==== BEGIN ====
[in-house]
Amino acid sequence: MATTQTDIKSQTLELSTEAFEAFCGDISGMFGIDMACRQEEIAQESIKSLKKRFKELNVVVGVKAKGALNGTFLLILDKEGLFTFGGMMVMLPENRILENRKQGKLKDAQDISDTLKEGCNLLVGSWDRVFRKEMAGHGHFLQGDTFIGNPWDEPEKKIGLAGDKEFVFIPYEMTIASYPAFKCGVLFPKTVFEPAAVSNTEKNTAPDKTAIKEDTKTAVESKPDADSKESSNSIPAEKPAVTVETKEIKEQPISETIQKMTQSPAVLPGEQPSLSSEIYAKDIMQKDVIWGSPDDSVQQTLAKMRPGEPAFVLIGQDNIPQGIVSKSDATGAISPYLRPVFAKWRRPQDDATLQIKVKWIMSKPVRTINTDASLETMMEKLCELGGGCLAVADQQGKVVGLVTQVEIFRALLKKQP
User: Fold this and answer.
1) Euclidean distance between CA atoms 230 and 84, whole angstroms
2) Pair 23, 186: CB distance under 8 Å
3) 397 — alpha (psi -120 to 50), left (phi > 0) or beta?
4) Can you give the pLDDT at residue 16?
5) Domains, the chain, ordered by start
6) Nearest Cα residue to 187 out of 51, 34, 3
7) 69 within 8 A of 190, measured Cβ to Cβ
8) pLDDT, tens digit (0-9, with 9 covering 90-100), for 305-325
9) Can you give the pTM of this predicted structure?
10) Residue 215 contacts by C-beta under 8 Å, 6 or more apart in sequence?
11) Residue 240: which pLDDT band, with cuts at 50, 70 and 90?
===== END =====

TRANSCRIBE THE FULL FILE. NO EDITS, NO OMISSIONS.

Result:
[in-house]
Amino acid sequence: MATTQTDIKSQTLELSTEAFEAFCGDISGMFGIDMACRQEEIAQESIKSLKKRFKELNVVVGVKAKGALNGTFLLILDKEGLFTFGGMMVMLPENRILENRKQGKLKDAQDISDTLKEGCNLLVGSWDRVFRKEMAGHGHFLQGDTFIGNPWDEPEKKIGLAGDKEFVFIPYEMTIASYPAFKCGVLFPKTVFEPAAVSNTEKNTAPDKTAIKEDTKTAVESKPDADSKESSNSIPAEKPAVTVETKEIKEQPISETIQKMTQSPAVLPGEQPSLSSEIYAKDIMQKDVIWGSPDDSVQQTLAKMRPGEPAFVLIGQDNIPQGIVSKSDATGAISPYLRPVFAKWRRPQDDATLQIKVKWIMSKPVRTINTDASLETMMEKLCELGGGCLAVADQQGKVVGLVTQVEIFRALLKKQP
User: Fold this and answer.
1) Euclidean distance between CA atoms 230 and 84, whole angstroms
2) Pair 23, 186: CB distance under 8 Å
3) 397 — alpha (psi -120 to 50), left (phi > 0) or beta?
4) Can you give the pLDDT at residue 16?
5) Domains, the chain, ordered by start
6) Nearest Cα residue to 187 out of 51, 34, 3
7) 69 within 8 A of 190, measured Cβ to Cβ
8) pLDDT, tens digit (0-9, with 9 covering 90-100), for 305-325
9) Can you give the pTM of this predicted structure?
10) Residue 215 contacts by C-beta under 8 Å, 6 or more apart in sequence?
11) Residue 240: which pLDDT band, with cuts at 50, 70 and 90?